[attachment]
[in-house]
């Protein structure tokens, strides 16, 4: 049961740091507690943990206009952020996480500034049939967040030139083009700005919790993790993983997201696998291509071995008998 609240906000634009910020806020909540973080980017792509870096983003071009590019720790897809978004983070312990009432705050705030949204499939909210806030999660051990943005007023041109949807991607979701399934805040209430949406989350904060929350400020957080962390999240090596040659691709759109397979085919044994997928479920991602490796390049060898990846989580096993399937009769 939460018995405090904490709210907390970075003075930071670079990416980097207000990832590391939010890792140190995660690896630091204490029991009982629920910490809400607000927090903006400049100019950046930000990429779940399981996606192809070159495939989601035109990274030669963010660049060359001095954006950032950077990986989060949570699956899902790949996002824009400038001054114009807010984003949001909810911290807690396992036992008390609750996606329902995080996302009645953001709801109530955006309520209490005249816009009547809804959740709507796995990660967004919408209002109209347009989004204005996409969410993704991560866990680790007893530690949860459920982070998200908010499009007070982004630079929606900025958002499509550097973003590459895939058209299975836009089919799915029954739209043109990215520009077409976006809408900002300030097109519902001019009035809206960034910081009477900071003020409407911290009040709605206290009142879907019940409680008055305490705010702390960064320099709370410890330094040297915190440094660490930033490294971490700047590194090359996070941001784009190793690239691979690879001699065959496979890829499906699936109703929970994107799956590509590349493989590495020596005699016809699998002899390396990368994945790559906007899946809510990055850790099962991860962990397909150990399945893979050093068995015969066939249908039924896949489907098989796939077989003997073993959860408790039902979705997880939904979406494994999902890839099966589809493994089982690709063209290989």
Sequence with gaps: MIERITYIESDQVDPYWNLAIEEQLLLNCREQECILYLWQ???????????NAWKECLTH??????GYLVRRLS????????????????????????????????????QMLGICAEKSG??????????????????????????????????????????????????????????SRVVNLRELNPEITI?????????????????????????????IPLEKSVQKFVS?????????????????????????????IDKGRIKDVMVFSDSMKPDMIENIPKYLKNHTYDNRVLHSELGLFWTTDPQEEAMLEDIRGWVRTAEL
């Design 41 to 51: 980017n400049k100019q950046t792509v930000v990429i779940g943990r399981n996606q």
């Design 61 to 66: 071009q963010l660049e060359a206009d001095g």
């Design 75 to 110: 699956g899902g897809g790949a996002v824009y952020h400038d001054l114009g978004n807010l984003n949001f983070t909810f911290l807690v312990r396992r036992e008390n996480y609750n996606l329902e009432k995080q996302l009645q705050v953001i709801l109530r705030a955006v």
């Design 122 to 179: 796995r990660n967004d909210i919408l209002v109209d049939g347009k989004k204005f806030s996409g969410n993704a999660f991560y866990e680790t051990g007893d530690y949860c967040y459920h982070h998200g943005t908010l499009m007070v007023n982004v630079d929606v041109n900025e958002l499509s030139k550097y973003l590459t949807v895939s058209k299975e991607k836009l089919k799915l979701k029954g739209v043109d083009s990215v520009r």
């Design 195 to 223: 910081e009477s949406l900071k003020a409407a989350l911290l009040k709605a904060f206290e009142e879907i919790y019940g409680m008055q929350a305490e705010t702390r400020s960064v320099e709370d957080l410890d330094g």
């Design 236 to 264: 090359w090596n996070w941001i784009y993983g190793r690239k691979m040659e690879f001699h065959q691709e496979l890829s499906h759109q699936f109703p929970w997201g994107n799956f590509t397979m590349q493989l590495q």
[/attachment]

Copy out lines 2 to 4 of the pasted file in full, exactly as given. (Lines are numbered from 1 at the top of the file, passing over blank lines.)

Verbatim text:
């Protein structure tokens, strides 16, 4: 049961740091507690943990206009952020996480500034049939967040030139083009700005919790993790993983997201696998291509071995008998 609240906000634009910020806020909540973080980017792509870096983003071009590019720790897809978004983070312990009432705050705030949204499939909210806030999660051990943005007023041109949807991607979701399934805040209430949406989350904060929350400020957080962390999240090596040659691709759109397979085919044994997928479920991602490796390049060898990846989580096993399937009769 939460018995405090904490709210907390970075003075930071670079990416980097207000990832590391939010890792140190995660690896630091204490029991009982629920910490809400607000927090903006400049100019950046930000990429779940399981996606192809070159495939989601035109990274030669963010660049060359001095954006950032950077990986989060949570699956899902790949996002824009400038001054114009807010984003949001909810911290807690396992036992008390609750996606329902995080996302009645953001709801109530955006309520209490005249816009009547809804959740709507796995990660967004919408209002109209347009989004204005996409969410993704991560866990680790007893530690949860459920982070998200908010499009007070982004630079929606900025958002499509550097973003590459895939058209299975836009089919799915029954739209043109990215520009077409976006809408900002300030097109519902001019009035809206960034910081009477900071003020409407911290009040709605206290009142879907019940409680008055305490705010702390960064320099709370410890330094040297915190440094660490930033490294971490700047590194090359996070941001784009190793690239691979690879001699065959496979890829499906699936109703929970994107799956590509590349493989590495020596005699016809699998002899390396990368994945790559906007899946809510990055850790099962991860962990397909150990399945893979050093068995015969066939249908039924896949489907098989796939077989003997073993959860408790039902979705997880939904979406494994999902890839099966589809493994089982690709063209290989």
Sequence with gaps: MIERITYIESDQVDPYWNLAIEEQLLLNCREQECILYLWQ???????????NAWKECLTH??????GYLVRRLS????????????????????????????????????QMLGICAEKSG??????????????????????????????????????????????????????????SRVVNLRELNPEITI?????????????????????????????IPLEKSVQKFVS?????????????????????????????IDKGRIKDVMVFSDSMKPDMIENIPKYLKNHTYDNRVLHSELGLFWTTDPQEEAMLEDIRGWVRTAEL
């Design 41 to 51: 980017n400049k100019q950046t792509v930000v990429i779940g943990r399981n996606q």